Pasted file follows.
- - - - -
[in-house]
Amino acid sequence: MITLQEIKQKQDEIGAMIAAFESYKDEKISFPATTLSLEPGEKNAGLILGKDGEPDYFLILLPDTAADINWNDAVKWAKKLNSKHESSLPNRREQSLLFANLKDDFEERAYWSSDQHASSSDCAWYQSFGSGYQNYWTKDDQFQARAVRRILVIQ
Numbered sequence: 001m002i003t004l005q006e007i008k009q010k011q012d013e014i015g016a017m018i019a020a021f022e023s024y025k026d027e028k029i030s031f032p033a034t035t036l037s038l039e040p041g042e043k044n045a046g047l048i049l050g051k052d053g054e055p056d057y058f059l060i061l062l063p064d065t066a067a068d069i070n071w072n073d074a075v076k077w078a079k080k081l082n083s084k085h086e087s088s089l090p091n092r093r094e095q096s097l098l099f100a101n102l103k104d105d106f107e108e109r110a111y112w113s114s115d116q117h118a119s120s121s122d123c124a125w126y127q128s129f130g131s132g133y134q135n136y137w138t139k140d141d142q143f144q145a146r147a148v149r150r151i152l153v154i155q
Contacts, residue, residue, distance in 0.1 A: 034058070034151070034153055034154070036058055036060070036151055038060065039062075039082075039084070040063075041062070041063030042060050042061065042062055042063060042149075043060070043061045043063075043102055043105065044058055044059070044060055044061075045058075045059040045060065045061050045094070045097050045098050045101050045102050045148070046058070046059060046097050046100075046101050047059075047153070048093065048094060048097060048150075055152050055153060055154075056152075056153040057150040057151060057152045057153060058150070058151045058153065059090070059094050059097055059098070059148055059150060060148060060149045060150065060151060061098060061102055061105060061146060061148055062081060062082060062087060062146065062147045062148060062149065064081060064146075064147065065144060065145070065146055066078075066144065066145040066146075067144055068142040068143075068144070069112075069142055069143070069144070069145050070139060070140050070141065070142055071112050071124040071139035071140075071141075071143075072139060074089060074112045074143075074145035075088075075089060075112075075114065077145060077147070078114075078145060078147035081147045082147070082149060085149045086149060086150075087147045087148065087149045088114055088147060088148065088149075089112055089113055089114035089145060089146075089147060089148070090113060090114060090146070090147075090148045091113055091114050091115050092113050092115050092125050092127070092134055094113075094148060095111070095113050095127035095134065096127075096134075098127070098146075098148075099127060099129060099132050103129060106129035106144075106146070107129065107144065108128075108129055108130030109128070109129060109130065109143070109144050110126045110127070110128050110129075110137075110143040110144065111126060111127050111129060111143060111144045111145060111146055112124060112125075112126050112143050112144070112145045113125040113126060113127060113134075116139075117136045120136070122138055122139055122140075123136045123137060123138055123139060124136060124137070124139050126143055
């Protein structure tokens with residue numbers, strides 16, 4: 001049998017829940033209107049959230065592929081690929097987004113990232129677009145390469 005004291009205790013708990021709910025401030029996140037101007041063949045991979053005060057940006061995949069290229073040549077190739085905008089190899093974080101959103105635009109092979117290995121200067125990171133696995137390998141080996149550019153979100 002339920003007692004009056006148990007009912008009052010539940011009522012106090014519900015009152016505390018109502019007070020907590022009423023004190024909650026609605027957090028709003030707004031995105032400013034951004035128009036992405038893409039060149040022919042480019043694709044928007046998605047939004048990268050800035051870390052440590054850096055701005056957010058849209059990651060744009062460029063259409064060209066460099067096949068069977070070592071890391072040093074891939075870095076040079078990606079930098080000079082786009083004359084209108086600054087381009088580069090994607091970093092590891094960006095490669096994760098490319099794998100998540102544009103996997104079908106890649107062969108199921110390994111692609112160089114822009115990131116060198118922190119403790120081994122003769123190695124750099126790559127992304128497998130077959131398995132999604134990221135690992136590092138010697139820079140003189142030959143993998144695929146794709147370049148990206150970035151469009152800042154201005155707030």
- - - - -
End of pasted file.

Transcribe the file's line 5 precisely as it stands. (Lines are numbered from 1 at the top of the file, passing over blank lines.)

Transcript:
């Protein structure tokens with residue numbers, strides 16, 4: 001049998017829940033209107049959230065592929081690929097987004113990232129677009145390469 005004291009205790013708990021709910025401030029996140037101007041063949045991979053005060057940006061995949069290229073040549077190739085905008089190899093974080101959103105635009109092979117290995121200067125990171133696995137390998141080996149550019153979100 002339920003007692004009056006148990007009912008009052010539940011009522012106090014519900015009152016505390018109502019007070020907590022009423023004190024909650026609605027957090028709003030707004031995105032400013034951004035128009036992405038893409039060149040022919042480019043694709044928007046998605047939004048990268050800035051870390052440590054850096055701005056957010058849209059990651060744009062460029063259409064060209066460099067096949068069977070070592071890391072040093074891939075870095076040079078990606079930098080000079082786009083004359084209108086600054087381009088580069090994607091970093092590891094960006095490669096994760098490319099794998100998540102544009103996997104079908106890649107062969108199921110390994111692609112160089114822009115990131116060198118922190119403790120081994122003769123190695124750099126790559127992304128497998130077959131398995132999604134990221135690992136590092138010697139820079140003189142030959143993998144695929146794709147370049148990206150970035151469009152800042154201005155707030």